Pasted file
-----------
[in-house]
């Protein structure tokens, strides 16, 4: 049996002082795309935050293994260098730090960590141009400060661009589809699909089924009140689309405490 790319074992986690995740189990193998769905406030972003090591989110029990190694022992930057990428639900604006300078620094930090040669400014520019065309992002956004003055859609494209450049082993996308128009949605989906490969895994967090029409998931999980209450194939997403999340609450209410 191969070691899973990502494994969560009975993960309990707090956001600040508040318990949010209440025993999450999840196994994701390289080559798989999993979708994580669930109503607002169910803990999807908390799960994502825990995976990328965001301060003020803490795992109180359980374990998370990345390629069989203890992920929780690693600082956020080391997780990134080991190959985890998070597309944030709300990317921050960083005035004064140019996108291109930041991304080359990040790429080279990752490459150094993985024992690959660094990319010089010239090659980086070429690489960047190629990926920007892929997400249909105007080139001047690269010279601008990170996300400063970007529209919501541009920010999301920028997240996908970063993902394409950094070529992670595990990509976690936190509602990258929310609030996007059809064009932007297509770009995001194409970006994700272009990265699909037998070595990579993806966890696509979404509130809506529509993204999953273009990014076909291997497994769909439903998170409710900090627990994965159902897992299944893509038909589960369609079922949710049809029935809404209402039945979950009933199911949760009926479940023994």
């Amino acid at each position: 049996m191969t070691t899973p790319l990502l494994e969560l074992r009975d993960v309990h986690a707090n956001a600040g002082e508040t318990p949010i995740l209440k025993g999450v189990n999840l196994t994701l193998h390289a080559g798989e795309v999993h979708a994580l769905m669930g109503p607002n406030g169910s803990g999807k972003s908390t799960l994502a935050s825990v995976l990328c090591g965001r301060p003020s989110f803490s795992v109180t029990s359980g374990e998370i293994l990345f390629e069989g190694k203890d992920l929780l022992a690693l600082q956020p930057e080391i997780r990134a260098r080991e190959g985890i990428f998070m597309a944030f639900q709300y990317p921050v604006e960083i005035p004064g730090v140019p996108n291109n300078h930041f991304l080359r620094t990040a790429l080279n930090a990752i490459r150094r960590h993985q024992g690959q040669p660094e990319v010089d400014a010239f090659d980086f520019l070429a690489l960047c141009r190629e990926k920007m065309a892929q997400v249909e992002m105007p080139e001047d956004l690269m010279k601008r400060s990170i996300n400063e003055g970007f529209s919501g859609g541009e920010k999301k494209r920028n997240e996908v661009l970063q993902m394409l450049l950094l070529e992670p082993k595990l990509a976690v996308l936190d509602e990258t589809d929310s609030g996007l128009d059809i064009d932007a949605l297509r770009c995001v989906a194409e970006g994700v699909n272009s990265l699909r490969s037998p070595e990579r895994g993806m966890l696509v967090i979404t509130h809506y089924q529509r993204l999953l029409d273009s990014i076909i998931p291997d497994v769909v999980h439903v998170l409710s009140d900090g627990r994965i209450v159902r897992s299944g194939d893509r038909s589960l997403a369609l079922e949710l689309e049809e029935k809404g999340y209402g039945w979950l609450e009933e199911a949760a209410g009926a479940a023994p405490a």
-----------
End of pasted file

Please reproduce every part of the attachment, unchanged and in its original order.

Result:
[in-house]
């Protein structure tokens, strides 16, 4: 049996002082795309935050293994260098730090960590141009400060661009589809699909089924009140689309405490 790319074992986690995740189990193998769905406030972003090591989110029990190694022992930057990428639900604006300078620094930090040669400014520019065309992002956004003055859609494209450049082993996308128009949605989906490969895994967090029409998931999980209450194939997403999340609450209410 191969070691899973990502494994969560009975993960309990707090956001600040508040318990949010209440025993999450999840196994994701390289080559798989999993979708994580669930109503607002169910803990999807908390799960994502825990995976990328965001301060003020803490795992109180359980374990998370990345390629069989203890992920929780690693600082956020080391997780990134080991190959985890998070597309944030709300990317921050960083005035004064140019996108291109930041991304080359990040790429080279990752490459150094993985024992690959660094990319010089010239090659980086070429690489960047190629990926920007892929997400249909105007080139001047690269010279601008990170996300400063970007529209919501541009920010999301920028997240996908970063993902394409950094070529992670595990990509976690936190509602990258929310609030996007059809064009932007297509770009995001194409970006994700272009990265699909037998070595990579993806966890696509979404509130809506529509993204999953273009990014076909291997497994769909439903998170409710900090627990994965159902897992299944893509038909589960369609079922949710049809029935809404209402039945979950009933199911949760009926479940023994």
């Amino acid at each position: 049996m191969t070691t899973p790319l990502l494994e969560l074992r009975d993960v309990h986690a707090n956001a600040g002082e508040t318990p949010i995740l209440k025993g999450v189990n999840l196994t994701l193998h390289a080559g798989e795309v999993h979708a994580l769905m669930g109503p607002n406030g169910s803990g999807k972003s908390t799960l994502a935050s825990v995976l990328c090591g965001r301060p003020s989110f803490s795992v109180t029990s359980g374990e998370i293994l990345f390629e069989g190694k203890d992920l929780l022992a690693l600082q956020p930057e080391i997780r990134a260098r080991e190959g985890i990428f998070m597309a944030f639900q709300y990317p921050v604006e960083i005035p004064g730090v140019p996108n291109n300078h930041f991304l080359r620094t990040a790429l080279n930090a990752i490459r150094r960590h993985q024992g690959q040669p660094e990319v010089d400014a010239f090659d980086f520019l070429a690489l960047c141009r190629e990926k920007m065309a892929q997400v249909e992002m105007p080139e001047d956004l690269m010279k601008r400060s990170i996300n400063e003055g970007f529209s919501g859609g541009e920010k999301k494209r920028n997240e996908v661009l970063q993902m394409l450049l950094l070529e992670p082993k595990l990509a976690v996308l936190d509602e990258t589809d929310s609030g996007l128009d059809i064009d932007a949605l297509r770009c995001v989906a194409e970006g994700v699909n272009s990265l699909r490969s037998p070595e990579r895994g993806m966890l696509v967090i979404t509130h809506y089924q529509r993204l999953l029409d273009s990014i076909i998931p291997d497994v769909v999980h439903v998170l409710s009140d900090g627990r994965i209450v159902r897992s299944g194939d893509r038909s589960l997403a369609l079922e949710l689309e049809e029935k809404g999340y209402g039945w979950l609450e009933e199911a949760a209410g009926a479940a023994p405490a």